"One of the most interesting and personally charming of all of the American writers whom it was my good fortune to meet was Herman Melville," said the late Parke Godwin to me, at a time when he was speaking to me reminiscently of some of the great writers with whom he was associated as editor of Putnam's Magazine. Mr. Godwin had said to me that he looked upon Richard Henry Dana's narrative entitled "Two Years Before the Mast" and Francis Parkman's story of his adventures in the Far West, which was called "The Oregon Trail," as two works which were sure of permanent fame. They had already become American classics. Mr. Godwin was an admirable critic, and he ascribed the phenomenal success of these two books to the fact that the writers of them told a story of adventure in simple, yet vigorous language, reporting the things that they saw exactly as they saw them, so that the readers of the books could thereby form a perfect mental picture of these scenes. Furthermore, Mr. Godwin said incidentally that the American writers of later years should study these works, for in them they would find the secret of that permanent success, which is called fame.
"I include Herman Melville in the list of great American writers," said Mr. Godwin. "Like Richard Henry Dana, he sailed around Cape Horn on a whaling vessel, expecting to be gone two years. He was marooned upon an island in the Pacific, which was occupied by the Typees, a tribe of warlike Indians. He had plenty of experiences; some of them far more exciting and dangerous than any which Mr. Dana describes in his book. When he returned to New York I met him, and he told me that he was going to narrate these experiences, although he was somewhat doubtful about finding a publisher for the book. I was satisfied that he would find no difficulty in obtaining readers and in that judgment I was correct. He called his book 'Typee,' and it was published in the same year that Parkman started out upon his adventures across the continent, which he described in a very successful book, now a classic, which he called 'The Oregon Trail.'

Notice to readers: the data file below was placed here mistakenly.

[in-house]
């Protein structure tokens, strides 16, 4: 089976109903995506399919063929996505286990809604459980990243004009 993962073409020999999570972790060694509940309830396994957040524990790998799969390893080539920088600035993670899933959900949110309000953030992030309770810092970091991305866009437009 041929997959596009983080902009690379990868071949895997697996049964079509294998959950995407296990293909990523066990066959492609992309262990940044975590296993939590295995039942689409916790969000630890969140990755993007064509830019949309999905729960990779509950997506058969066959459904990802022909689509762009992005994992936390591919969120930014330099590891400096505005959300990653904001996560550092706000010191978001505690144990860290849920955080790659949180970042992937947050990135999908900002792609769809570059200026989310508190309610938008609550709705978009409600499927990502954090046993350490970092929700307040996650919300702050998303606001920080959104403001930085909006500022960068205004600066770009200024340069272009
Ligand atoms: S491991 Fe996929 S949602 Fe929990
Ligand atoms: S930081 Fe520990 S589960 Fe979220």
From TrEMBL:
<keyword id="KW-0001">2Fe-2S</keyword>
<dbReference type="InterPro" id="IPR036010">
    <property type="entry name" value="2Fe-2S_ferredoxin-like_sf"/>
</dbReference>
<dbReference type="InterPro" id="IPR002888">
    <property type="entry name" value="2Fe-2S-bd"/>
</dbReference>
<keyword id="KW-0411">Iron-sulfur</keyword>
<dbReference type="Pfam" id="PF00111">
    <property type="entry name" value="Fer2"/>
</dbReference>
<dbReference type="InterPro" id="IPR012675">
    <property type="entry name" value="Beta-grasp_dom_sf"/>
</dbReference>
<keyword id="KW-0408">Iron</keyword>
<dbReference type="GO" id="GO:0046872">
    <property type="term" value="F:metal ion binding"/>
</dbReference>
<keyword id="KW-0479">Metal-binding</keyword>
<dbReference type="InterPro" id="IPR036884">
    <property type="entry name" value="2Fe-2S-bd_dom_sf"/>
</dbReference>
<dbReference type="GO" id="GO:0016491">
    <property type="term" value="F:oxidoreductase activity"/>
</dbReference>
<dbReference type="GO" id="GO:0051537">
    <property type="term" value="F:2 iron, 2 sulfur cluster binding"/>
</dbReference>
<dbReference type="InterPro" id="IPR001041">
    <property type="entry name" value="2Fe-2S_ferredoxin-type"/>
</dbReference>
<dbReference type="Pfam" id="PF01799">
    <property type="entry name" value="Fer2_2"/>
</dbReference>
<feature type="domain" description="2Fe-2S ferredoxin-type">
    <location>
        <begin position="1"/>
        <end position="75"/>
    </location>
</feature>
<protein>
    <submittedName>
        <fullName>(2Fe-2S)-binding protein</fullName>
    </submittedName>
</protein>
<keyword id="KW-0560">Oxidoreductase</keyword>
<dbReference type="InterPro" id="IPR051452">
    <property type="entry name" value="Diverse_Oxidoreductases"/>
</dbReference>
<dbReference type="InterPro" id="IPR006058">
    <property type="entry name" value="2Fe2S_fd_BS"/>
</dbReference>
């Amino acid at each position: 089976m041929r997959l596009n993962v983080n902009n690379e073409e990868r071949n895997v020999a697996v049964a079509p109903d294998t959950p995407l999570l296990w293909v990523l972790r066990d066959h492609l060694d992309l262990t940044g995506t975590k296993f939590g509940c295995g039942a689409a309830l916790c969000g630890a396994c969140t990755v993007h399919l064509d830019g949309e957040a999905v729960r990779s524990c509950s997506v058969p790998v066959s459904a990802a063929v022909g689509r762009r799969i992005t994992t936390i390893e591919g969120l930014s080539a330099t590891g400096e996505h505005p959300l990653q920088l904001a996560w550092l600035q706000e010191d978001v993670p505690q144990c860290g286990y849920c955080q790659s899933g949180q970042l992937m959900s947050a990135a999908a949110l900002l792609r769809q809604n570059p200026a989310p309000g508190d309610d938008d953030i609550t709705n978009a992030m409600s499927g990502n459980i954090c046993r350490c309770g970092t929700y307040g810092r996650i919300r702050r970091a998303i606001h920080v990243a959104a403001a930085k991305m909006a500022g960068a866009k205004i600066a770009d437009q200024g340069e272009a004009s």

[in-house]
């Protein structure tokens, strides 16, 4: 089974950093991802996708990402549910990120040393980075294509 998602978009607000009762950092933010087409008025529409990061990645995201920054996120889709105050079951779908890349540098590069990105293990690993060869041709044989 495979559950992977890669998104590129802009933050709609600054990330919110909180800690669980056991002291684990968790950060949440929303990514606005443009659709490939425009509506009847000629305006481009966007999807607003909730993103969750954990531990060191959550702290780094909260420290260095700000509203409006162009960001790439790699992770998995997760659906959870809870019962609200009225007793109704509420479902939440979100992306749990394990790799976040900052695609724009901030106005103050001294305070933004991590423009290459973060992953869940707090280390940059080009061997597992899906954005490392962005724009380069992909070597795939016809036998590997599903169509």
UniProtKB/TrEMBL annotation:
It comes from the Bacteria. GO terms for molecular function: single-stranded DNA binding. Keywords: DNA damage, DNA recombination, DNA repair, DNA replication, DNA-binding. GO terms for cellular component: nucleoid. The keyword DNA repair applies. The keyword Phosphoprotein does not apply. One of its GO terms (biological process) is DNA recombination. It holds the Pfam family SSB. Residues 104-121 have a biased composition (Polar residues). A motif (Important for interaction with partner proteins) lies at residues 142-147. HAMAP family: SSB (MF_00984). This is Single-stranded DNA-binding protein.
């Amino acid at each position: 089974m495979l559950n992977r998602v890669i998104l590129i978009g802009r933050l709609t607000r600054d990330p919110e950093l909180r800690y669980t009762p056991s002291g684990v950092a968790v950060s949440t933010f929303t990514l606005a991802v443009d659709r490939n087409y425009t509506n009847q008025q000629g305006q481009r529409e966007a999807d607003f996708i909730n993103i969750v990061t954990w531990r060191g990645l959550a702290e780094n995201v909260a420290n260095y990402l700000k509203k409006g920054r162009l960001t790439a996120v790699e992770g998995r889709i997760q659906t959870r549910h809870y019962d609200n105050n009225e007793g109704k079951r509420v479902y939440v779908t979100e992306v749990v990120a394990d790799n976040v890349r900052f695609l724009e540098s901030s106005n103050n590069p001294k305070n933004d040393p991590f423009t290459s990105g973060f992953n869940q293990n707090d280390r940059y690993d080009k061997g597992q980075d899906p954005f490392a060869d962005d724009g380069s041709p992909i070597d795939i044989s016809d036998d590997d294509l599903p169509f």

"For a long time Melville's book maintained an even greater success than did Dana's 'Two Years Before the Mast.' It was successful for the same reason that Parkman and Dana gained great successes with their books. It told an exciting story of adventure with all the picturesque details that the experience made possible in appropriate language.
"I have heard that in recent years it has not maintained its popularity as compared with Dana's and Parkman's books, but I am certain that this is only a momentary lapse. The book is sure to become a great American classic.
"By the way, Melville was one of the great American writers whom the United States government fostered indirectly, for a place was given to him in the New York custom house. There, too, many of the men gained fame as writers secured a regular income, and it was not until recent years that the government abandoned its general policy whereby writers were assured of regular and permanent income. I suppose we should never have had the masterly essays of Richard Grant White and the evidence of his Shakespearian scholarship had not the government provided him with a comfortable position in the custom house." --E. J. Edwards, When the Government Encouraged Authorship in the Raleigh, North Carolina News and Observer, August 28, 1915; accessible via Newspapers.com and GenealogyBank.In a letter to the editor of The People's Journal dated July 17, 1847 Parke Godwin confirmed "the real existence of Mr. Herman Melville" for skeptical Brits:
"... let me say that I saw him in Albany the other day as large as life, where he and his family are well known, and his narratives bearing a little artistic ornament, are held to be perfectly authentic. The writer under no assumed name, but under his own veritable Christian and patronymic designation. It is no unusual thing, by the way, for our young men of fortune to go as sailors, to the South Seas, in quest of adventure." --The People's Journal v. 4